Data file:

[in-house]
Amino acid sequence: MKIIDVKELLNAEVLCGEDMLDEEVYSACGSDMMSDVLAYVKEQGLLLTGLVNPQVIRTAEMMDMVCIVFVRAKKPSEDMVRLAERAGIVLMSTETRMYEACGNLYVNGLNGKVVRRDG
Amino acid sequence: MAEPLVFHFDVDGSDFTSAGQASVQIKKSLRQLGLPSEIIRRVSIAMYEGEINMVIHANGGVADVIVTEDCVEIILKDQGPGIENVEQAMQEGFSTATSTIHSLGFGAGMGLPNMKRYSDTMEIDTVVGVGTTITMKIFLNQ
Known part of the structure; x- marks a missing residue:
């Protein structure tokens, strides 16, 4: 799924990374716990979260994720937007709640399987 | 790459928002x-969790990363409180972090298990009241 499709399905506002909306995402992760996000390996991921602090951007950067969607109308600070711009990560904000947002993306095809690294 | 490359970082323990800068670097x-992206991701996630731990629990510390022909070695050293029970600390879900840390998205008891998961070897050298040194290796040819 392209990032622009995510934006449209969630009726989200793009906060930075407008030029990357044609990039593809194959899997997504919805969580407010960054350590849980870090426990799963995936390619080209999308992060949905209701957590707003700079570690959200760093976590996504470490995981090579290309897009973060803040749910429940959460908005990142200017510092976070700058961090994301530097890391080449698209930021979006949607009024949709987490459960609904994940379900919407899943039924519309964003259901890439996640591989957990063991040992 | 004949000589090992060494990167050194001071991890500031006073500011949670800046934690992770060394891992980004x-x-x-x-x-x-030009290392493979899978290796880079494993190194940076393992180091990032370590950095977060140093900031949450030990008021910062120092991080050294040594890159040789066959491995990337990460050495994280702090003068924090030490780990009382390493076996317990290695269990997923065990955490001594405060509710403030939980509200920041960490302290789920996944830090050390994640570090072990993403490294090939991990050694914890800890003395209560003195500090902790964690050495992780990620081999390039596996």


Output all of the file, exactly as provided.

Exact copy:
[in-house]
Amino acid sequence: MKIIDVKELLNAEVLCGEDMLDEEVYSACGSDMMSDVLAYVKEQGLLLTGLVNPQVIRTAEMMDMVCIVFVRAKKPSEDMVRLAERAGIVLMSTETRMYEACGNLYVNGLNGKVVRRDG
Amino acid sequence: MAEPLVFHFDVDGSDFTSAGQASVQIKKSLRQLGLPSEIIRRVSIAMYEGEINMVIHANGGVADVIVTEDCVEIILKDQGPGIENVEQAMQEGFSTATSTIHSLGFGAGMGLPNMKRYSDTMEIDTVVGVGTTITMKIFLNQ
Known part of the structure; x- marks a missing residue:
């Protein structure tokens, strides 16, 4: 799924990374716990979260994720937007709640399987 | 790459928002x-969790990363409180972090298990009241 499709399905506002909306995402992760996000390996991921602090951007950067969607109308600070711009990560904000947002993306095809690294 | 490359970082323990800068670097x-992206991701996630731990629990510390022909070695050293029970600390879900840390998205008891998961070897050298040194290796040819 392209990032622009995510934006449209969630009726989200793009906060930075407008030029990357044609990039593809194959899997997504919805969580407010960054350590849980870090426990799963995936390619080209999308992060949905209701957590707003700079570690959200760093976590996504470490995981090579290309897009973060803040749910429940959460908005990142200017510092976070700058961090994301530097890391080449698209930021979006949607009024949709987490459960609904994940379900919407899943039924519309964003259901890439996640591989957990063991040992 | 004949000589090992060494990167050194001071991890500031006073500011949670800046934690992770060394891992980004x-x-x-x-x-x-030009290392493979899978290796880079494993190194940076393992180091990032370590950095977060140093900031949450030990008021910062120092991080050294040594890159040789066959491995990337990460050495994280702090003068924090030490780990009382390493076996317990290695269990997923065990955490001594405060509710403030939980509200920041960490302290789920996944830090050390994640570090072990993403490294090939991990050694914890800890003395209560003195500090902790964690050495992780990620081999390039596996």